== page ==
I have paddled around the Brooks 3 times, and each occasion has been different. The first time I encountered high winds and big swell. The second time we were blasted by really high winds and big swell. The third time was the greatest surprise of all: there was virtually no swell and virtually no wind – truly a “Brooks Lite” experience. And something of a letdown as I was looking forward to a more exciting day (but be careful what you wish for). This last trip, due to the very benign conditions, we were able to paddle round the far side of Solander Island – something that I would not have attempted on the first 2 outings.

Twice, I’ve paddled from Port Hardy heading up around the top of the Island, and then down and around the Brooks. On the other occasion we put in at Winter Harbour in Quatsino Sound, traveling down to Tofino. Winter Harbour is an excellent launch point for a trip to the Brooks. 1 day’s paddle from the put-in will get you to gorgeous Lawn Point Provincial Park, and the next day will take you to Brooks Bay and the Crabapple Islets. Strategically, this is the best campsite as it’s closest to Cape Cook, and provides some shelter from surf. I’ve also camped at the Cape Cook Lagoon, but this means paddling a little further to reach Cape Cook.

Brooks Inset 2 

Rain and high winds (in this case 30 knots)
are common - Guise Bay, Cape Scott

There is a campsite on the end of the Brooks at Nordstrom Creek, Between Cape Cook and Cape Clerke – the southernmost tip of the peninsula. This is a good option for those who do not relish paddling the full distance around the Brooks, although I’m not sure that I would want to be there in stormy weather. On all 3 trips I have opted to paddle the full distance around the Brooks from the north side, to Jacobson Point on the south side of the peninsula. This represents a longer day of paddling as the distance is in the 18-20 nautical mile range.

The South Brooks is far more protected than the northern side, so conditions here are typically better and less dynamic, but storms can still make this area extremely challenging too.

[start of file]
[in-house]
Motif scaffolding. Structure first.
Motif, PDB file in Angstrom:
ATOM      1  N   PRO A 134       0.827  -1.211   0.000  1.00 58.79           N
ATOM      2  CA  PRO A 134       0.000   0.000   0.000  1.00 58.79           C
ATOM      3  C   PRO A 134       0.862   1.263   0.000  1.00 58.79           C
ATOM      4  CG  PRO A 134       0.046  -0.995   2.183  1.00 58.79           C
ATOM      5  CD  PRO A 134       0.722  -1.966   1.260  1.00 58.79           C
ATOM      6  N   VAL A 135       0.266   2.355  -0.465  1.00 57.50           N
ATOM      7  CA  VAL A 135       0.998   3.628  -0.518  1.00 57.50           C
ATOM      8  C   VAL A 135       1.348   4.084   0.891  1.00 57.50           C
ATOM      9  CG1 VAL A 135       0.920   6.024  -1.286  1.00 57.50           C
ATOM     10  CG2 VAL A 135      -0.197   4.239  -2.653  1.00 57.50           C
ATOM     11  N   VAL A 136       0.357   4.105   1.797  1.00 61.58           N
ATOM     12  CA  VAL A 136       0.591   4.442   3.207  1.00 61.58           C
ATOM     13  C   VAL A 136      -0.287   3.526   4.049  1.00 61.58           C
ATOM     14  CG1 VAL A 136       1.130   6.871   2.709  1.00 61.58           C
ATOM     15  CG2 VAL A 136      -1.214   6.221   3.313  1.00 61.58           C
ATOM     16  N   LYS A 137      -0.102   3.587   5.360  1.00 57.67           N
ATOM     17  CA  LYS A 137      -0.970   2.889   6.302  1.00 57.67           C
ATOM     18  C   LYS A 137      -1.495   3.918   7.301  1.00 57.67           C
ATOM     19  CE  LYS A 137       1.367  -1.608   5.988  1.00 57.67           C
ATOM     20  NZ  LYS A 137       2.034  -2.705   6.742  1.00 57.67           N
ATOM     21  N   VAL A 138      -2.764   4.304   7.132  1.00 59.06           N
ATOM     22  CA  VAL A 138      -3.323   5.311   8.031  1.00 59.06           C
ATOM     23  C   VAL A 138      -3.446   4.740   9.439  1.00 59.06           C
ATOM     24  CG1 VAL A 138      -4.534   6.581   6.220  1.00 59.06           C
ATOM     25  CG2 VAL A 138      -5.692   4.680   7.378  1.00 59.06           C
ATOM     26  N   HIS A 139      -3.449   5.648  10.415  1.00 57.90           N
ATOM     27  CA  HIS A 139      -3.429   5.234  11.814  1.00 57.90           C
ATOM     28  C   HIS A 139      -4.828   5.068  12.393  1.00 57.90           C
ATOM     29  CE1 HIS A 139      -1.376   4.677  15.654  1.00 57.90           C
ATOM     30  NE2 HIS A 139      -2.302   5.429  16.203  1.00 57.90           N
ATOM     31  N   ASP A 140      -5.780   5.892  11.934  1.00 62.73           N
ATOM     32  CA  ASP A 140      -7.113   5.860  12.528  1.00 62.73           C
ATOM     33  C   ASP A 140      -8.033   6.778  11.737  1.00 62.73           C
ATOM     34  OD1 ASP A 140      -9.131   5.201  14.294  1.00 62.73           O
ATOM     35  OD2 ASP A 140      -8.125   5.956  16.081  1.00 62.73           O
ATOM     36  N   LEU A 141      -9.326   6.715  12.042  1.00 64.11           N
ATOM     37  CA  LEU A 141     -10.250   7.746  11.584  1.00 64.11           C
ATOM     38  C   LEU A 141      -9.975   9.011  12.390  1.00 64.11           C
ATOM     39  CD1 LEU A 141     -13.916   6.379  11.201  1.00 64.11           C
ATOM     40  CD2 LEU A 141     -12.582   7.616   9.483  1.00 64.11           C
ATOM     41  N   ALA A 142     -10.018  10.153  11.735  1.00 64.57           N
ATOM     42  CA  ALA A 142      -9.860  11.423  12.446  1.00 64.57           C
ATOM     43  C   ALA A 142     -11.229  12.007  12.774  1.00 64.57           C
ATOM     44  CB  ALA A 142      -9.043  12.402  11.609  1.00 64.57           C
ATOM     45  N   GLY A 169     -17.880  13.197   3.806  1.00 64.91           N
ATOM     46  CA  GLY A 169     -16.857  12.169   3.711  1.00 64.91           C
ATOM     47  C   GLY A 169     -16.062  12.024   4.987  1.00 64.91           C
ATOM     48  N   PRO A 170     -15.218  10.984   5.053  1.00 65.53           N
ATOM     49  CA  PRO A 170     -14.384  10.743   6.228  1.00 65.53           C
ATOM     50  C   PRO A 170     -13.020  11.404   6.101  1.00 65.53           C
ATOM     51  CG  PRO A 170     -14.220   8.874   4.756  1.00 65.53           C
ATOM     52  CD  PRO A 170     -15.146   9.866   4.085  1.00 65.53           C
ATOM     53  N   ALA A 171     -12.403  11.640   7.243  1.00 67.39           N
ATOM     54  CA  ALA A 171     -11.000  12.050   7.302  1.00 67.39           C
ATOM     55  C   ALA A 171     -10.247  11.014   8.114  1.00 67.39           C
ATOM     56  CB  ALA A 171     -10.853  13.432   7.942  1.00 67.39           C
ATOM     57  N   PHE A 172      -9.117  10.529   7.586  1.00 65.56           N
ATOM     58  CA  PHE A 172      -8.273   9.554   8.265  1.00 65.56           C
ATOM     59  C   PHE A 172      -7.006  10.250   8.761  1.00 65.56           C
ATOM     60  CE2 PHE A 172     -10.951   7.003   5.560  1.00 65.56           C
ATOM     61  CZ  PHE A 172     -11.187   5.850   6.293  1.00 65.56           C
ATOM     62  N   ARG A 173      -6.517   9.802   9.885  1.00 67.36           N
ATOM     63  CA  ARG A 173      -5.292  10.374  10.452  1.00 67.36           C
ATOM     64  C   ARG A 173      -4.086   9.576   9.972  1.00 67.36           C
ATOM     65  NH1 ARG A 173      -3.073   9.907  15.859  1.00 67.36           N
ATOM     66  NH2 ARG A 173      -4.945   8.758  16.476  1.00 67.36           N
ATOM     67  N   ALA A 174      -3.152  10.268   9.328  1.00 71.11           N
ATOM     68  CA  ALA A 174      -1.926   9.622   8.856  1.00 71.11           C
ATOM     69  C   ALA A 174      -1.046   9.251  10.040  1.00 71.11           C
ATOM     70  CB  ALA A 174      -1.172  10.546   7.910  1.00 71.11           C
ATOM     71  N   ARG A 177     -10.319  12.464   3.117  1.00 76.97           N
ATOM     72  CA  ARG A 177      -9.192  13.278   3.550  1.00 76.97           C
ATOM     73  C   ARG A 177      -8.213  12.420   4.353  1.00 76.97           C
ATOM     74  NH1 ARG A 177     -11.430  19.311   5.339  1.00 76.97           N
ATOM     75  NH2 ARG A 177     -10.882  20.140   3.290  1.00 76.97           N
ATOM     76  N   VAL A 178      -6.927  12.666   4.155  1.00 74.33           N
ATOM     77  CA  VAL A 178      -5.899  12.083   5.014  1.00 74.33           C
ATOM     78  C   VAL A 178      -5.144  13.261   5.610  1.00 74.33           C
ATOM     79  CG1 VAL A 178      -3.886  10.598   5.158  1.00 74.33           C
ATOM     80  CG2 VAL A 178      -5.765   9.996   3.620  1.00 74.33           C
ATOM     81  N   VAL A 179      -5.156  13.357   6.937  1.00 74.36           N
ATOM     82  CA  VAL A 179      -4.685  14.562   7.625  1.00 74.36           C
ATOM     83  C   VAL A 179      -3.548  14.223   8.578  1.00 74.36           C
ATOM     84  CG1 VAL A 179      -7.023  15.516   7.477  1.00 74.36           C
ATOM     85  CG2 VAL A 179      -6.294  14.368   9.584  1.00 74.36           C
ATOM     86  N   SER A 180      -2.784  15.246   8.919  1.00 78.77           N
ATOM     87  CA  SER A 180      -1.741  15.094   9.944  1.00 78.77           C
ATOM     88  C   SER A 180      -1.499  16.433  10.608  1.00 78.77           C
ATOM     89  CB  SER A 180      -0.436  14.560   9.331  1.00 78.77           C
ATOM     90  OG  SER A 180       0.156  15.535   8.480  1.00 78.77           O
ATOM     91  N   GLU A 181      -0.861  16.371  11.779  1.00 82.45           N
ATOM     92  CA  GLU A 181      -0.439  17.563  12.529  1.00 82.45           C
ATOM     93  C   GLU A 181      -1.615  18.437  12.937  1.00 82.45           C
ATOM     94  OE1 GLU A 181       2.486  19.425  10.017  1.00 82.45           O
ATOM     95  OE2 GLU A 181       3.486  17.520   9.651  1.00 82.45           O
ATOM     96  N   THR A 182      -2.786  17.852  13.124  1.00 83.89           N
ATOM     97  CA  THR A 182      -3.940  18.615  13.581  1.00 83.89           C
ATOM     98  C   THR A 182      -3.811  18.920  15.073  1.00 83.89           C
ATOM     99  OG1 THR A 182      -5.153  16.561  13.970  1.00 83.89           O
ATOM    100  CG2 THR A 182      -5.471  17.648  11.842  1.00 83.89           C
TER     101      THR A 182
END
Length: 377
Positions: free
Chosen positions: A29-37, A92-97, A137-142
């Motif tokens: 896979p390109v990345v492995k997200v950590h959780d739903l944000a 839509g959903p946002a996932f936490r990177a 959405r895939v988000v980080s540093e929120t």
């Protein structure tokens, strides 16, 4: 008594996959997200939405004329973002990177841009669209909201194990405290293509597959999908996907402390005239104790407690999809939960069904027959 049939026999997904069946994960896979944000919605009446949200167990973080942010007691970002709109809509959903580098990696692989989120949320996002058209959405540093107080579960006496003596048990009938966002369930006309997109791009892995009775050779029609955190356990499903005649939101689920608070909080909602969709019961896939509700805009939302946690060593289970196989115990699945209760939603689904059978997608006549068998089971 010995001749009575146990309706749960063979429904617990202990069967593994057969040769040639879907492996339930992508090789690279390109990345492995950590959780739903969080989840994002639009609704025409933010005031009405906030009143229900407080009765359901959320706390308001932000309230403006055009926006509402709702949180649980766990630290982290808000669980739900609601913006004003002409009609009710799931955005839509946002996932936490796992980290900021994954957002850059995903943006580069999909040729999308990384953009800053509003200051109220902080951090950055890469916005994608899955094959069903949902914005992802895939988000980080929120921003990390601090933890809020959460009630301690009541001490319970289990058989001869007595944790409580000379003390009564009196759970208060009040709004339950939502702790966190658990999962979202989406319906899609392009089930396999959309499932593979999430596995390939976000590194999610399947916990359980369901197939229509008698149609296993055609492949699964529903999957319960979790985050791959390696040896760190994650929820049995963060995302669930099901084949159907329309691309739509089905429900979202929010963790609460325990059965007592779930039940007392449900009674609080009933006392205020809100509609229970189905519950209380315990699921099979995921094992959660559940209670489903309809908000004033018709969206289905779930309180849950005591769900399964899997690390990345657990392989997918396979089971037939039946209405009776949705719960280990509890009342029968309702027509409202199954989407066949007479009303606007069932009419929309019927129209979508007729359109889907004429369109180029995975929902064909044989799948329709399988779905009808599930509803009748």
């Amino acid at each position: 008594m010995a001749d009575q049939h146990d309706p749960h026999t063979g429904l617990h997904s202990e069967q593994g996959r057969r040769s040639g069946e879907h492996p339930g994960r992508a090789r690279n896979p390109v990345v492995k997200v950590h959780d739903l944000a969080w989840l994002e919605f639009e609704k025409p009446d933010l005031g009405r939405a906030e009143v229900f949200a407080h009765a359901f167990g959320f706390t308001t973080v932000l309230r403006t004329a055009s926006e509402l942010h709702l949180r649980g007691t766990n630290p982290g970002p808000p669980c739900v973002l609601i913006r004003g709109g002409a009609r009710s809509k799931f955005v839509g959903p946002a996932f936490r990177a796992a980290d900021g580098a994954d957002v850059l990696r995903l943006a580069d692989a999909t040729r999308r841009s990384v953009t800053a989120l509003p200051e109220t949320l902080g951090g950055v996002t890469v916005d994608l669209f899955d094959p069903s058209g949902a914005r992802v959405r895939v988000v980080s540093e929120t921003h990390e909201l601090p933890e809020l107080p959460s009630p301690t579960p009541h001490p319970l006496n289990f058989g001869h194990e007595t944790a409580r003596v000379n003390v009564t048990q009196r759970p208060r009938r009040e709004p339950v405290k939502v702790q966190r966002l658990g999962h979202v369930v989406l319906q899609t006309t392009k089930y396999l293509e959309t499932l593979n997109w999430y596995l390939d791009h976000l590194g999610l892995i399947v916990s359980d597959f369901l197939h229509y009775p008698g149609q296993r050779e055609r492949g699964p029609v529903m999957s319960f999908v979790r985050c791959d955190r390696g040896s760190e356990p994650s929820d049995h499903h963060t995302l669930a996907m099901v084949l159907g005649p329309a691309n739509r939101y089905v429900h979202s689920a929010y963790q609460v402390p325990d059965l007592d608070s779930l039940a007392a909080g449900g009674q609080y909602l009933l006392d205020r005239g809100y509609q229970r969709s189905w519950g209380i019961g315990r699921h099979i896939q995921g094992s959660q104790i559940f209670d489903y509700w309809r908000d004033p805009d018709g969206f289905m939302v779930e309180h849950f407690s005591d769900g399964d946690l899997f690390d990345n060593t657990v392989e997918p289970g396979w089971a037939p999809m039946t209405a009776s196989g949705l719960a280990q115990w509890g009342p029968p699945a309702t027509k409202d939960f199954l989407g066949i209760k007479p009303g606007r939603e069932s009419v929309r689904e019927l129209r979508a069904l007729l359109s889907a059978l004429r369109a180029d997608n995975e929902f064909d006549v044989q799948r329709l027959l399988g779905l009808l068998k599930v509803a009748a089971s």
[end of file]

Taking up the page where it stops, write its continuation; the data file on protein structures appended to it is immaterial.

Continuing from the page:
Brooks Inset 6 

Transport to the town of Gold
River aboard the Uchuck III 

Roughly 15 nautical miles south of Jacobson is the Nuu-Chah-Nulth village of Kyuquot, a name aptly meaning “place of many winds”. Kyuquot boasts a small grocery store where paddlers can resupply. There are also 2 payphones on the public dock, so visitors can check in with loved ones back home.

A great option for accessing Kyuquot, is to travel with your kayak and gear aboard the MV Uchuck III. Originally built in Oregon as a Minesweeper in 1942, this venerable wooden vessel has since been refitted to accommodate passengers and up to 100 tons of cargo. She now plies the waters from Gold River to Kyuquot, delivering goods along her route at camps and settlements in the area. Both pickup and drop-off of paddlers and their kayaks can be arranged by visiting

Rounding the Brooks is not a trip to take lightly. It is committing and therefore must be approached with caution. The area is prone to very high localized winds and very challenging conditions, both of which can develop extremely rapidly. And it is relatively remote. For this reason, the Brooks is often considered the “crux move” on Vancouver Island’s west coast. The key to success is a conservative attitude, a healthy respect for the sea, a good ability to interpret marine forecasts, and the time and patience to wait for an appropriate good weather window.

Header photo:  On the water before dawn for the push around the Brooks - Crabapple Islets, North Brooks